Investment boost adds to Qld’s critical mineral expertise
The Queensland Resources Council (QRC) and the Queensland Exploration Council (QEC) have welcomed the Queensland Government’s announcement today of an investment to build a common user critical minerals demonstration plant in Townsville.
QEC Chair Kim Wainwright said the funding was great news for a relatively new industry that has enormous potential to become Queensland’s next exploration success story.
“This funding gives the green light for construction of a demonstration processing facility in Townsville to process a range of critical minerals, including vanadium which is earmarked as likely the first to use the facility,” Ms Wainwright said.
“This State-owned common user facility is a first for Queensland and Australia. It sends a very strong signal to the global investment community that Queensland is seriously pursuing our critical mineral capabilities.
“This new processing facility will kickstart critical minerals production and help grow the North Queensland economy,” she said.
“The QEC is looking forward to continued collaboration with both state government and the local council to ensure the critical minerals industry is well positioned to meet growing global demand.”
The Queensland Resources Council and the Queensland Exploration Council have been working with the State Government to develop a long-term plan for the resources sector that cover all commodities and sets a vision across the supply chain.
In May 2020 the Premier said:
‘I just don’t want to see the minerals, cobalt, copper, scandium and vanadium mined in Queensland. I want to see batteries manufactured in Queensland because that means more jobs in the regions.’ 
“It’s an incredible achievement by the Queensland Government, the vanadium companies involved, METSIgnited and industry associations such as QRC, QEC and AMEC to bring this idea to life in just over 12 months,” Ms Wainwright said.
QRC Chief Executive Ian Macfarlane said the Queensland resources sector had significant diversity of commodities, which would continue to deliver for the state.
“Queensland is a powerhouse when it comes to coal, gas and minerals. As we develop our critical minerals sector, we want to ensure the maximum return for all Queenslanders through investment in the regions and the creation of new jobs.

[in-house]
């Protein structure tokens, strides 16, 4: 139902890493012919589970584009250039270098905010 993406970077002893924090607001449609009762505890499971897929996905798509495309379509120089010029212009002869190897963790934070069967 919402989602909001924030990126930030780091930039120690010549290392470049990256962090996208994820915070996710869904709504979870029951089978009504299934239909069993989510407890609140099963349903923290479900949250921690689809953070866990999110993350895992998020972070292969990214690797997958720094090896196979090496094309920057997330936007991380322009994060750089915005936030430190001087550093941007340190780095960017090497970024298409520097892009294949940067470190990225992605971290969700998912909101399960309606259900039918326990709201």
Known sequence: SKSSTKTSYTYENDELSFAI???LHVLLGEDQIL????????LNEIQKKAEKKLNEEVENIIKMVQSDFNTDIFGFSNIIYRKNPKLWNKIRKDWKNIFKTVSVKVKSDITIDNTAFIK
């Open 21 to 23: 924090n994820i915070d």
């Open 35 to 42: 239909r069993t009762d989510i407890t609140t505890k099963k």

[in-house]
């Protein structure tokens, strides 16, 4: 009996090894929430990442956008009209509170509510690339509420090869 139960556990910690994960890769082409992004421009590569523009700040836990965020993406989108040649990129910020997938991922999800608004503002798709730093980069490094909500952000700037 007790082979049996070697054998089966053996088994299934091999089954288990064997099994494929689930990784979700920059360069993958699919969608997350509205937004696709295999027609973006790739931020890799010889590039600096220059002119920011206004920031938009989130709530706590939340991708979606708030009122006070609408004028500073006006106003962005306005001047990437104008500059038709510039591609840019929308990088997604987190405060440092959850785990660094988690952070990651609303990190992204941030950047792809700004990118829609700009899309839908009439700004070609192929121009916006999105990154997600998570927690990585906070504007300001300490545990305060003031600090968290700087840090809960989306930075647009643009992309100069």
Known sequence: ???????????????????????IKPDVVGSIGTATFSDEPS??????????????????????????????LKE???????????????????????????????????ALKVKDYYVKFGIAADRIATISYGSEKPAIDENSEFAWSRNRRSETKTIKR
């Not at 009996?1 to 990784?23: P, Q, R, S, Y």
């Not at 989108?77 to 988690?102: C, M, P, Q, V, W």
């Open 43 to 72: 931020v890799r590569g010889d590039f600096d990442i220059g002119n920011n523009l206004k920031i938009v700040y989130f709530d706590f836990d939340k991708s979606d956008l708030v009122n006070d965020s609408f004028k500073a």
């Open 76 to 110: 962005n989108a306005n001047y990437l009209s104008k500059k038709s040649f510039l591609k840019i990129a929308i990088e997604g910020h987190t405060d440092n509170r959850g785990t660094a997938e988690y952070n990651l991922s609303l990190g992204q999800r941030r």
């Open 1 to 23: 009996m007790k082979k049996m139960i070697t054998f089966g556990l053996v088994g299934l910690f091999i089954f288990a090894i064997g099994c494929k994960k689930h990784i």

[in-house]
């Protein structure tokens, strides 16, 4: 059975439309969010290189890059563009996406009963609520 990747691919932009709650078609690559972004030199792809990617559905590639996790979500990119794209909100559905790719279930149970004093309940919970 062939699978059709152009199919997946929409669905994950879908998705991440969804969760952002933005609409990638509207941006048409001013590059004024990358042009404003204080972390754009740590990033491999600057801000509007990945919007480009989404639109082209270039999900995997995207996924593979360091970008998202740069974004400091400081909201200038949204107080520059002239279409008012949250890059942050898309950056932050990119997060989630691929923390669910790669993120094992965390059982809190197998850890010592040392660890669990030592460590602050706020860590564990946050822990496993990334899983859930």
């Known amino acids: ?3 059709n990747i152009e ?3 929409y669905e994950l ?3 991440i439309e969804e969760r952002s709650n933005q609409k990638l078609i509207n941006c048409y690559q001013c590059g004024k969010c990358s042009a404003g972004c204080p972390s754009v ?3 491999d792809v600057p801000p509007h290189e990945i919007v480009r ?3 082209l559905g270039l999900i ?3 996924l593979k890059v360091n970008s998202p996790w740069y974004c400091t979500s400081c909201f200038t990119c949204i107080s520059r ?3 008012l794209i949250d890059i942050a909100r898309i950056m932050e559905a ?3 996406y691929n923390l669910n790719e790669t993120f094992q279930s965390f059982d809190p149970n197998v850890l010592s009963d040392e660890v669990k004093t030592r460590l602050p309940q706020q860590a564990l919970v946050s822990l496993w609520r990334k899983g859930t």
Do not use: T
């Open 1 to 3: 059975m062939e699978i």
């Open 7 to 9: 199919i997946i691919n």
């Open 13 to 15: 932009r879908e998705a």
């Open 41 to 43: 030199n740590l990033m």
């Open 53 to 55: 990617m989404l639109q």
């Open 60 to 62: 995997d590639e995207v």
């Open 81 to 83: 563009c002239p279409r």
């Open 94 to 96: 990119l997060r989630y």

“We look forward to continuing to work with the Queensland Government on initiatives like this and on the implementation of the Queensland Resources Industry Development Plan.”
Initially, the processing facility will be used by vanadium companies but the long-term goal is to make the facility available to other commodities ready to produce other high-value mineral products such as graphite and high purity alumina.
“The majority of critical mineral explorers in Queensland are junior companies, so a multi-user, multi-purpose demonstration processing facility lowers the cost barrier and accelerates the development of this industry by a number of years.
“This processing facility will be a central part of Queensland’s renewable energy manufacturing with world leading environmental standards,” Mr Macfarlane said.
“Due to its outstanding port and geographic location, Townsville is the perfect location for critical minerals processing and the manufacturing of relevant products such as vanadium batteries.
The CEO of Multicom Resources, Shaun McCarthy said that the effort being made by the Queensland Government to support the emergence of a local vanadium industry, whilst also fostering collaboration amongst the mining companies and throughout the supply chain, is encouraging and demonstrates a pioneering approach to regional economic development.
“Multicom’s Saint Elmo Project, which received its Mining Lease in September this year from the Queensland Department of Resources, will move earnestly into marketing and financing in 2022, and it is expected that the establishment and ultimate operation of this facility will support both our project and the broader industry in attracting global attention to the critical minerals, like vanadium, that Qld can offer,” Mr McCarthy said.
Exploration company, QEM’s Managing Director, Gavin Loyden said the company was particularly encouraged by the Queensland Government’s investment in developing a local, sustainable vanadium industry to support Queensland’s new energy economy.
“QEM’s Julia Creek project sits on one of the world’s largest vanadium deposits and could support long-term job growth in regional Queensland as a whole industry grows up around this strategic metal and key input into the steel and renewable energy storage markets through the use of vanadium flow batteries, the preferred solution for large grid scale storage,” Mr Loyden said.
Vecco Group’s Managing Director, Tom Northcott said the investment by the Queensland Government in the vanadium sector further supports the transition to renewables and significant demand for Vanadium batteries as the global effort to decarbonise accelerates.
“Vecco’s Debella Vanadium and HPA Mine is an important part of an integrated supply chain supporting our Queensland vanadium battery electrolyte manufacturing facility to be built in 2022 and vanadium for export to our proposed battery facilities in the USA and Europe,” Mr Northcott said.
 Annastacia Palaszczuk – CopperString to power jobs and wealth creation for North Queensland 9/05/2020